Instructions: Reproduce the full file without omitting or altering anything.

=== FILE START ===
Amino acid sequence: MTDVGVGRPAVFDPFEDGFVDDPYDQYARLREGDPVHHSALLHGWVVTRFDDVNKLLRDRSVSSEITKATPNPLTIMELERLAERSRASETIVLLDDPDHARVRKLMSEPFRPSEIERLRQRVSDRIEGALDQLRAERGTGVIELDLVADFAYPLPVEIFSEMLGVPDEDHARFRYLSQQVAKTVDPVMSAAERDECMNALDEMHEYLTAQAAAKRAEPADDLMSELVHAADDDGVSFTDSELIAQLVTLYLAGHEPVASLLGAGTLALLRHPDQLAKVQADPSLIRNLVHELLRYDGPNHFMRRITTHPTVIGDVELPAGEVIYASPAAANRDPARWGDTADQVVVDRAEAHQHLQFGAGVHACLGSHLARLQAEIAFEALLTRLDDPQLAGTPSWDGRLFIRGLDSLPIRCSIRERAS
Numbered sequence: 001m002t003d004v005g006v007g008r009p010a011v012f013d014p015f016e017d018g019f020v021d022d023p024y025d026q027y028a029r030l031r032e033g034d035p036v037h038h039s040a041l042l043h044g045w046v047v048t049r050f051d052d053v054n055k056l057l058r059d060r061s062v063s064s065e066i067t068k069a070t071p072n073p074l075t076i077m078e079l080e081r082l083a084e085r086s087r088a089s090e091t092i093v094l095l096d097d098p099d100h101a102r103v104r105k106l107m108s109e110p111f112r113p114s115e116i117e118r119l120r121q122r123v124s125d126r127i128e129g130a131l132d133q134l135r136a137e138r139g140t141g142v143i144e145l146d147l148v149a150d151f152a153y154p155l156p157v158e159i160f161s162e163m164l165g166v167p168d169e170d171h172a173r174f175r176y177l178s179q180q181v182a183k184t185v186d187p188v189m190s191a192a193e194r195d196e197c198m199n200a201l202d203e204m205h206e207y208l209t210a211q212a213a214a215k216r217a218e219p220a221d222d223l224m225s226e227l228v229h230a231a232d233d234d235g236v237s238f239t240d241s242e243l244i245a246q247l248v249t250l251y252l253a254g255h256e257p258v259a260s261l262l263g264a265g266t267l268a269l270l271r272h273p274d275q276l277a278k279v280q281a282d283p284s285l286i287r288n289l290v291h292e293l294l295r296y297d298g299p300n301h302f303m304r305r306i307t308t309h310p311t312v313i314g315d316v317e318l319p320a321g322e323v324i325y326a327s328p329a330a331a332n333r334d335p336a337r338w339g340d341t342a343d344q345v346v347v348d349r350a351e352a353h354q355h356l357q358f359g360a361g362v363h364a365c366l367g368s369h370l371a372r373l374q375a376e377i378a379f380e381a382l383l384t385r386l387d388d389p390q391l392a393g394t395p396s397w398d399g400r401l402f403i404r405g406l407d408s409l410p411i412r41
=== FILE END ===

Amino acid sequence: MTDVGVGRPAVFDPFEDGFVDDPYDQYARLREGDPVHHSALLHGWVVTRFDDVNKLLRDRSVSSEITKATPNPLTIMELERLAERSRASETIVLLDDPDHARVRKLMSEPFRPSEIERLRQRVSDRIEGALDQLRAERGTGVIELDLVADFAYPLPVEIFSEMLGVPDEDHARFRYLSQQVAKTVDPVMSAAERDECMNALDEMHEYLTAQAAAKRAEPADDLMSELVHAADDDGVSFTDSELIAQLVTLYLAGHEPVASLLGAGTLALLRHPDQLAKVQADPSLIRNLVHELLRYDGPNHFMRRITTHPTVIGDVELPAGEVIYASPAAANRDPARWGDTADQVVVDRAEAHQHLQFGAGVHACLGSHLARLQAEIAFEALLTRLDDPQLAGTPSWDGRLFIRGLDSLPIRCSIRERAS
Numbered sequence: 001m002t003d004v005g006v007g008r009p010a011v012f013d014p015f016e017d018g019f020v021d022d023p024y025d026q027y028a029r030l031r032e033g034d035p036v037h038h039s040a041l042l043h044g045w046v047v048t049r050f051d052d053v054n055k056l057l058r059d060r061s062v063s064s065e066i067t068k069a070t071p072n073p074l075t076i077m078e079l080e081r082l083a084e085r086s087r088a089s090e091t092i093v094l095l096d097d098p099d100h101a102r103v104r105k106l107m108s109e110p111f112r113p114s115e116i117e118r119l120r121q122r123v124s125d126r127i128e129g130a131l132d133q134l135r136a137e138r139g140t141g142v143i144e145l146d147l148v149a150d151f152a153y154p155l156p157v158e159i160f161s162e163m164l165g166v167p168d169e170d171h172a173r174f175r176y177l178s179q180q181v182a183k184t185v186d187p188v189m190s191a192a193e194r195d196e197c198m199n200a201l202d203e204m205h206e207y208l209t210a211q212a213a214a215k216r217a218e219p220a221d222d223l224m225s226e227l228v229h230a231a232d233d234d235g236v237s238f239t240d241s242e243l244i245a246q247l248v249t250l251y252l253a254g255h256e257p258v259a260s261l262l263g264a265g266t267l268a269l270l271r272h273p274d275q276l277a278k279v280q281a282d283p284s285l286i287r288n289l290v291h292e293l294l295r296y297d298g299p300n301h302f303m304r305r306i307t308t309h310p311t312v313i314g315d316v317e318l319p320a321g322e323v324i325y326a327s328p329a330a331a332n333r334d335p336a337r338w339g340d341t342a343d344q345v346v347v348d349r350a351e352a353h354q355h356l357q358f359g360a361g362v363h364a365c366l367g368s369h370l371a372r373l374q375a376e377i378a379f380e381a382l383l384t385r386l387d388d389p390q391l392a393g394t395p396s397w398d399g400r401l402f403i404r405g406l407d408s409l410p411i412r41